This morning, theAICPAreleased the results of their PFSi (Personal Financial Satisfaction Index)—a new gauge that weighs a variety of economic factors to calculate the financial standing of typical Americans. The findings saw an overall financial satisfaction into positive territory for the first time since the financial crisis.
The Index launched today at +6.6, representing an increase of 6.5 points from the previous quarter and 14.9 points from one year ago, indicating an economic recovery translating into improvements in the lives of average Americans, due in part to a decrease in loan delinquencies and improvement in job openings have pushed Americans’
Positive readings of thePFSiindicate that Americans’ financial opportunities are expanding faster than the potential loss in financial well-being. Negative readings of thePFSiwould indicate that it is more likely that consumers are facing financial difficulties.
“After years of feeling personal financial pain, the continued growth of the stock market, increases in available jobs, and a sharp decrease in consumer loan delinquencies are moving Americans’ finances into positive territory,” saidJeannette Koger, vice president of Member Specialization and Credentialing with the AICPA, in a statement. “In addition to providing Americans with a unique reference point to gauge their own financial standing, the Personal Financial Satisfaction Index gives financial planners a starting point for client conversations.”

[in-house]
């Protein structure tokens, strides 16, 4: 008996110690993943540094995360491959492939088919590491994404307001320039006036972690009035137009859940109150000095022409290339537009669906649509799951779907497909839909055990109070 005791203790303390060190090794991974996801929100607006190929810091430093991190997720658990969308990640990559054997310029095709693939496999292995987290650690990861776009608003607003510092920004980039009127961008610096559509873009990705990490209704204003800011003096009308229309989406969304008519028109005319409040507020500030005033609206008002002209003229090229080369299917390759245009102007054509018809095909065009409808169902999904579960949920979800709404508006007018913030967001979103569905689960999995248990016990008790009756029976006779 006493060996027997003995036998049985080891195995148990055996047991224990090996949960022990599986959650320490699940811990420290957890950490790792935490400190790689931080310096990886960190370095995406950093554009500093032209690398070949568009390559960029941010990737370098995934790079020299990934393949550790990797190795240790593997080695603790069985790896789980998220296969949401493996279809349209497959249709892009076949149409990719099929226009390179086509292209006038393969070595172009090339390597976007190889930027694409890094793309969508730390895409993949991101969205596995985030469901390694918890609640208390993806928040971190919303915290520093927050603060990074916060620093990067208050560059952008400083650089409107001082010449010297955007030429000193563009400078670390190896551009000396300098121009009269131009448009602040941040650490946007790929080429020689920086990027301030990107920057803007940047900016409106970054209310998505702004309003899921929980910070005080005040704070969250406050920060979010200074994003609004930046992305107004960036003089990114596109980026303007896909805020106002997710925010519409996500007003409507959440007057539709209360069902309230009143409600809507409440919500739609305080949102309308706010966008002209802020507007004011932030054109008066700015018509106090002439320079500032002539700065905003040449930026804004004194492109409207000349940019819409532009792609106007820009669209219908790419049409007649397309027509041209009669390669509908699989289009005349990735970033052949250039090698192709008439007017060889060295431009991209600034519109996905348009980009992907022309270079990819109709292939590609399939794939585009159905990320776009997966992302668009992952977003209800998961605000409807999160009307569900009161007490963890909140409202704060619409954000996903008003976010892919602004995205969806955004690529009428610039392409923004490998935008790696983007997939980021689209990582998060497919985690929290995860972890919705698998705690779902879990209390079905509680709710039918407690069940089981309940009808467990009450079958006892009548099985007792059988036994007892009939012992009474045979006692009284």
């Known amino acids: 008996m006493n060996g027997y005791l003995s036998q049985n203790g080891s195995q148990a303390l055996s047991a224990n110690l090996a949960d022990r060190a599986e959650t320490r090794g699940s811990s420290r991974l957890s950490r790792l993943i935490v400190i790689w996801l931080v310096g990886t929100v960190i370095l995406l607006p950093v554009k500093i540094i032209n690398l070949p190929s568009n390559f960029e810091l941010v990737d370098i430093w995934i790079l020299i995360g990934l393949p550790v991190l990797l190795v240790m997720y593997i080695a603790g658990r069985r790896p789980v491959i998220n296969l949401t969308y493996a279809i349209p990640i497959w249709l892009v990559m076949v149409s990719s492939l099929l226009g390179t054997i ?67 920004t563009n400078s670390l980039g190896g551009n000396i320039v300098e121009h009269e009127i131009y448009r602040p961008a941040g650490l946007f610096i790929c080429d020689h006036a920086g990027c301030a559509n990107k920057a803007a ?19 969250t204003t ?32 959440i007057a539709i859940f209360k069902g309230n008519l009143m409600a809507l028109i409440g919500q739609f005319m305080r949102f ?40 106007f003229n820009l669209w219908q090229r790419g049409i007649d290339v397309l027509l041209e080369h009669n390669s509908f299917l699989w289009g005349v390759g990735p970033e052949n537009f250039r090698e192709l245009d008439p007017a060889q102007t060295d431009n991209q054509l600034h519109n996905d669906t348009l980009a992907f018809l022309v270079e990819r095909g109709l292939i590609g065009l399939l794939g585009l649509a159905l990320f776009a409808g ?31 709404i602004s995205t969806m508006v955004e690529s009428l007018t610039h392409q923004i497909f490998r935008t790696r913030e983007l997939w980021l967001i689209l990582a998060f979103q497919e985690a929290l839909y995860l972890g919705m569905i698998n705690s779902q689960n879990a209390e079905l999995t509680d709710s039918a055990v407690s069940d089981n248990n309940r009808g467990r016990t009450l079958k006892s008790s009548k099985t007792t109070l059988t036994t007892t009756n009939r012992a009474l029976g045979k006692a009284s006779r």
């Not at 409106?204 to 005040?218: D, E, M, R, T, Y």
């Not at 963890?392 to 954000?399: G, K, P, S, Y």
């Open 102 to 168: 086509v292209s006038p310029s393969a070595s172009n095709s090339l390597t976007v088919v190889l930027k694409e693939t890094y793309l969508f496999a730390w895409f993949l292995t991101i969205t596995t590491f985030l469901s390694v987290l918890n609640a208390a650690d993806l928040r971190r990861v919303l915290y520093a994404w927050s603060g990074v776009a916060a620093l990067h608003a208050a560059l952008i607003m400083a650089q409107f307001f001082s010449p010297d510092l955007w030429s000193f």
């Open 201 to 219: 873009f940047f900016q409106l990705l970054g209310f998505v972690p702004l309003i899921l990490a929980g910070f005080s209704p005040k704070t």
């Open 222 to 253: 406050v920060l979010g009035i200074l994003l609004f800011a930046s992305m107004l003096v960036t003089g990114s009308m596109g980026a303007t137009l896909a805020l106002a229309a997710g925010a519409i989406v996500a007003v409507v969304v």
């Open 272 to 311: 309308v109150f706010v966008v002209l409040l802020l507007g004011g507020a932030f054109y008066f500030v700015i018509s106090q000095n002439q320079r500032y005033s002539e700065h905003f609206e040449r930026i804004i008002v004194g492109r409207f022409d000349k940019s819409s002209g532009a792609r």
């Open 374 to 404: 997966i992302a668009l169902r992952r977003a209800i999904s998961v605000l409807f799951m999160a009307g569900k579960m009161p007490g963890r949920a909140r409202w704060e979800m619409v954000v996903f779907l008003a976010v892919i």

Using both proprietary and normalized official U.S. Government data, thePFSiis comprised of two component indices that measure positive (Personal Financial Pleasure) and negative (Personal Financial Pain) factors equally.
Pleasure factors include the proprietary PFS 750 Market Index, comprised of the 750 largest companies by market capitalization trading on the U.S. markets, excluding ADRs, mutual funds and ETFs. The other components are the AICPA’s CPA Outlook Index, Real Home Equity Per Capita and Job Openings Per Capita. Pain factors include inflation, personal taxes, loan delinquencies and underemployment.
To view an infographic of thePFSI results, head to the AICPA's site here.